Sirtuins (SIRT1-7) are NAD+-dependent protein deacetylases/ADP ribosyltransferases with important roles in chromatin silencing, cell cycle regulation, cellular differentiation, cellular stress response, metabolism and aging. Sirtuins are components of the epigenetic machinery, which is disturbed in Alzheimer’s disease (AD), contributing to AD pathogenesis. There is an association between the SIRT2-C/T genotype (rs10410544) (50.92%) and AD susceptibility in the APOEε4-negative population (SIRT2-C/C, 34.72%; SIRT2-T/T 14.36%). The integration of SIRT2 and APOE variants in bigenic clusters yields 18 haplotypes. The 5 most frequent bigenic genotypes in AD are 33CT (27.81%), 33CC (21.36%), 34CT (15.29%), 34CC (9.76%) and 33TT (7.18%). There is an accumulation of APOE-3/4 and APOE-4/4 carriers in SIRT2-T/T > SIRT2-C/T > SIRT2-C/C carriers, and also of SIRT2-T/T and SIRT2-C/T carriers in patients who harbor the APOE-4/4 genotype. SIRT2 variants influence biochemical, hematological, metabolic and cardiovascular phenotypes, and modestly affect the pharmacoepigenetic outcome in AD. SIRT2-C/T carriers are the best responders, SIRT2-T/T carriers show an intermediate pattern, and SIRT2-C/C carriers are the worst responders to a multifactorial treatment. In APOE-SIRT2 bigenic clusters, 33CC carriers respond better than 33TT and 34CT carriers, whereas 24CC and 44CC carriers behave as the worst responders. CYP2D6 extensive metabolizers (EM) are the best responders, poor metabolizers (PM) are the worst responders, and ultra-rapid metabolizers (UM) tend to be better responders that intermediate metabolizers (IM). In association with CYP2D6 genophenotypes, SIRT2-C/T-EMs are the best responders. Some Sirtuin modulators might be potential candidates for AD treatment. Full article
(This article belongs to the Special Issue Genomics of Brain Disorders)
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16 pages, 4072 KiB  
Article
HDAC Inhibitors Induce BDNF Expression and Promote Neurite Outgrowth in Human Neural Progenitor Cells-Derived Neurons
by Amir Bagheri, Parham Habibzadeh, Seyedeh Fatemeh Razavipour, Claude-Henry Volmar, Nancy T. Chee, Shaun P. Brothers, Claes Wahlestedt, Seyed Javad Mowla and Mohammad Ali Faghihi
Int. J. Mol. Sci. 2019, 20(5), 1109; https://doi.org/10.3390/ijms20051109 - 5 Mar 2019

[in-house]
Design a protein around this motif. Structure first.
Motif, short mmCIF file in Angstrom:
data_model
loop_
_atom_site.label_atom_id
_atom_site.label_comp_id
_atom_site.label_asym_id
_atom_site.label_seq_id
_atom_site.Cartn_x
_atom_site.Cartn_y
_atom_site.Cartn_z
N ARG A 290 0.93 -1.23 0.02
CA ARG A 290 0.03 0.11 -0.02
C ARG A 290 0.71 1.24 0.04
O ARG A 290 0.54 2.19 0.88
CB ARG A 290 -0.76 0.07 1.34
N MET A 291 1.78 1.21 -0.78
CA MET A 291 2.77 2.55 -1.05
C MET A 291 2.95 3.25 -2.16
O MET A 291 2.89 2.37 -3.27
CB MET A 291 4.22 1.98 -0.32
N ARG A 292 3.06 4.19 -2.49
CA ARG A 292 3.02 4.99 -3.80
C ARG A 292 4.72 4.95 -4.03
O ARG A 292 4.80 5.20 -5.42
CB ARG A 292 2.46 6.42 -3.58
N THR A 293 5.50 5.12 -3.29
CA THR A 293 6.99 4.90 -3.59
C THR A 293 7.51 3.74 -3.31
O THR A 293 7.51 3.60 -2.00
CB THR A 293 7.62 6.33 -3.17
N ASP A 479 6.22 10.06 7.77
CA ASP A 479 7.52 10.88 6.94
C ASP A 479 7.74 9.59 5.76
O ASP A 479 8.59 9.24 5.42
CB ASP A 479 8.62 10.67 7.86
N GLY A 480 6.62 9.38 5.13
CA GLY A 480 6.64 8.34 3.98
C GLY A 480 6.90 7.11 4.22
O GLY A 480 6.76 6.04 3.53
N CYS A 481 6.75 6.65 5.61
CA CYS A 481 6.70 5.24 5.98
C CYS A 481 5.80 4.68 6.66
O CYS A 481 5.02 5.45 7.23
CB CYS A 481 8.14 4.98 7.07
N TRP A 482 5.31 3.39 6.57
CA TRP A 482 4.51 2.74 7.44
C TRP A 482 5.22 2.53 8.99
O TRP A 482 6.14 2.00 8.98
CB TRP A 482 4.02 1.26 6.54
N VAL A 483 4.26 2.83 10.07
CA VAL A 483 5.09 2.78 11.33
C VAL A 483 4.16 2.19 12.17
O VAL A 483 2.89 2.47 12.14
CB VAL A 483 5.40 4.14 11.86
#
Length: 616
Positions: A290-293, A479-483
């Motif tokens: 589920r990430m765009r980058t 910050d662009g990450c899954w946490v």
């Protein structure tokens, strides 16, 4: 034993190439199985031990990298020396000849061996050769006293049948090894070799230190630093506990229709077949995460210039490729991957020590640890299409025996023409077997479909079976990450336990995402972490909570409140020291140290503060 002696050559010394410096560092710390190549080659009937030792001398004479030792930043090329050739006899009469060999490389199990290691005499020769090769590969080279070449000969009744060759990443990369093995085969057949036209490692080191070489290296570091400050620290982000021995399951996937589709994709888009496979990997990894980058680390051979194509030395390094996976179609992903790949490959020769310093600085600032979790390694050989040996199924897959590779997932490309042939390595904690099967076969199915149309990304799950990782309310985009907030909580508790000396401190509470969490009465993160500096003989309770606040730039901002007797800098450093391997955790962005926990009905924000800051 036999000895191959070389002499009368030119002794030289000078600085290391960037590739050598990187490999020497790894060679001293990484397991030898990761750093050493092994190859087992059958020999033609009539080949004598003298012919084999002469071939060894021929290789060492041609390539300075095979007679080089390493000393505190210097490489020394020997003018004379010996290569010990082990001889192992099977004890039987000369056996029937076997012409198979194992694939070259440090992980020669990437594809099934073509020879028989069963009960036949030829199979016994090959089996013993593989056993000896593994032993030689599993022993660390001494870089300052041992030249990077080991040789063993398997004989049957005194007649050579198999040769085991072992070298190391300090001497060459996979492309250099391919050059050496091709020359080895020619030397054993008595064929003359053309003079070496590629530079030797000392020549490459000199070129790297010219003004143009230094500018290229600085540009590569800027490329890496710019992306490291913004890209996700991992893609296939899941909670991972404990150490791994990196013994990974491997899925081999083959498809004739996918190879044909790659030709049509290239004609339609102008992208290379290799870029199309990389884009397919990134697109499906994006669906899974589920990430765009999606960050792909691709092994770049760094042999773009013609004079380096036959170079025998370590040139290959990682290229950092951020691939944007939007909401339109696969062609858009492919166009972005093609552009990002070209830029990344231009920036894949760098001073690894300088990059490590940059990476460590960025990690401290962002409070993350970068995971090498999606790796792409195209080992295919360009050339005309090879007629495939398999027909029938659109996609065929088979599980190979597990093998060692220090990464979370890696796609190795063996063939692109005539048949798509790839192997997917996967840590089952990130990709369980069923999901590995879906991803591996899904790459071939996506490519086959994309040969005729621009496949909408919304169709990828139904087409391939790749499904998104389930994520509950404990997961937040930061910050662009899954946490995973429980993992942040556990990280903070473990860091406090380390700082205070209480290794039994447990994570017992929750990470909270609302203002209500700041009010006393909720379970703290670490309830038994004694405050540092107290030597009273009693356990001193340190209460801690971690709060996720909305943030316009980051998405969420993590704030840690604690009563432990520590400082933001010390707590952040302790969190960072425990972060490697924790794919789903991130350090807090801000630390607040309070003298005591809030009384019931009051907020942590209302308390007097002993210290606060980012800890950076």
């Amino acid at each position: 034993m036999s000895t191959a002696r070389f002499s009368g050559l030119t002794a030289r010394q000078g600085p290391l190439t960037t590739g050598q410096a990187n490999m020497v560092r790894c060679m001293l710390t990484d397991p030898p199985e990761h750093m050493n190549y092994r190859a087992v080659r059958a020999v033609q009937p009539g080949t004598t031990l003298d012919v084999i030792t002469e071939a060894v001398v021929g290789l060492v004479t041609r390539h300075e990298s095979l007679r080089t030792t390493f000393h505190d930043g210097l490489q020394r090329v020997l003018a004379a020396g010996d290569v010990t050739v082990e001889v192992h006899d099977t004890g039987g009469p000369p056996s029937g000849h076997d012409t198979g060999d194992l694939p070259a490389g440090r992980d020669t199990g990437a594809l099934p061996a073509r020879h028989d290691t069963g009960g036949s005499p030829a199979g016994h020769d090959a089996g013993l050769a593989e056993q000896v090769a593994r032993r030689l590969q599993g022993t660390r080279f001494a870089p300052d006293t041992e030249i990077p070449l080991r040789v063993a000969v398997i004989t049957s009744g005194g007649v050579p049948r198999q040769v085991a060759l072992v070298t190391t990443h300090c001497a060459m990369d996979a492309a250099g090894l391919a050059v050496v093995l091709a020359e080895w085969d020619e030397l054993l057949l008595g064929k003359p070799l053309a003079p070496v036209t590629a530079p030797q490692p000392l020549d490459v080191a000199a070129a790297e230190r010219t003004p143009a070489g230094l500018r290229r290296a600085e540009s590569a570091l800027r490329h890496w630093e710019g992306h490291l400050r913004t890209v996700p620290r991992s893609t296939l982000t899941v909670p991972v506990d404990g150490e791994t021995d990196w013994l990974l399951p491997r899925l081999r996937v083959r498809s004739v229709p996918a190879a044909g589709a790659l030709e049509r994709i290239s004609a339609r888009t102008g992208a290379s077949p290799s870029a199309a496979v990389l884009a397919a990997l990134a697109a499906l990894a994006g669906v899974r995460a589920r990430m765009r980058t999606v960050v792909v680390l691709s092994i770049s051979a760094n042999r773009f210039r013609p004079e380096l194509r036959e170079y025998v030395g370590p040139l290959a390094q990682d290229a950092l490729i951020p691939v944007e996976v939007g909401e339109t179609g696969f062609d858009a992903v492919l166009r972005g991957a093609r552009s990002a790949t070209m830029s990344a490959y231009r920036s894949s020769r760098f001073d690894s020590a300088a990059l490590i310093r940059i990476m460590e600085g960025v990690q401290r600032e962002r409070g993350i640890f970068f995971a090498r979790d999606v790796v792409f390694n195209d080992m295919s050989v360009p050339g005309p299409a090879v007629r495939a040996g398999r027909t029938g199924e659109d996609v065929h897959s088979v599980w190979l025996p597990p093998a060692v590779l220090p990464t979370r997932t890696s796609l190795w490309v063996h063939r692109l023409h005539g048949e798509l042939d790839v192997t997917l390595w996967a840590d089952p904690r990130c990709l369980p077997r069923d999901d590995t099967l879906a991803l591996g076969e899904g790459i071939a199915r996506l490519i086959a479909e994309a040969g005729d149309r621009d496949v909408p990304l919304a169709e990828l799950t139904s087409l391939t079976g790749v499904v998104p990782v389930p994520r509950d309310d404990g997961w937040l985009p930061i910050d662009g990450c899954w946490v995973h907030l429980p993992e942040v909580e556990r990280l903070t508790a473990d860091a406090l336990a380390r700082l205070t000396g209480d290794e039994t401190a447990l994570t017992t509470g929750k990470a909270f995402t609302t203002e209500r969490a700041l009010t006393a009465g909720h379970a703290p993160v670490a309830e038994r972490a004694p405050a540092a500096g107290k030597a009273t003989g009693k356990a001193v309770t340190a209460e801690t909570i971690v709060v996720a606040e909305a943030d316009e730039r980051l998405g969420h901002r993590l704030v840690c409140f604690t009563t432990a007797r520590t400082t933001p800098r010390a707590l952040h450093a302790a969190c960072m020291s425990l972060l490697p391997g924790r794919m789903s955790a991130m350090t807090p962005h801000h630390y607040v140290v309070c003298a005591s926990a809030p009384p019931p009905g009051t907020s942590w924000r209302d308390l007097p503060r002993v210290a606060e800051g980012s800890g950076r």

Cited by 14 | Viewed by 5100
Abstract
Besides its key role in neural development, brain-derived neurotrophic factor (BDNF) is important for long-term potentiation and neurogenesis, which makes it a critical factor in learning and memory. Due to the important role of BDNF in synaptic function and plasticity, an in-house epigenetic [...] Read more.
Besides its key role in neural development, brain-derived neurotrophic factor (BDNF) is important for long-term potentiation and neurogenesis, which makes it a critical factor in learning and memory. Due to the important role of BDNF in synaptic function and plasticity, an in-house epigenetic library was screened against human neural progenitor cells (HNPCs) and WS1 human skin fibroblast cells using Cell-to-Ct assay kit to identify the small compounds capable of modulating the BDNF expression. In addition to two well-known hydroxamic acid-based histone deacetylase inhibitors (hb-HDACis), SAHA and TSA, several structurally similar HDAC inhibitors including SB-939, PCI-24781 and JNJ-26481585 with even higher impact on BDNF expression, were discovered in this study. Furthermore, by using well-developed immunohistochemistry assays, the selected compounds were also proved to have neurogenic potential improving the neurite outgrowth in HNPCs-derived neurons. In conclusion, we proved the neurogenic potential of several hb-HDACis, alongside their ability to enhance BDNF expression, which by modulating the neurogenesis and/or compensating for neuronal loss, could be propitious for treatment of neurological disorders. Full article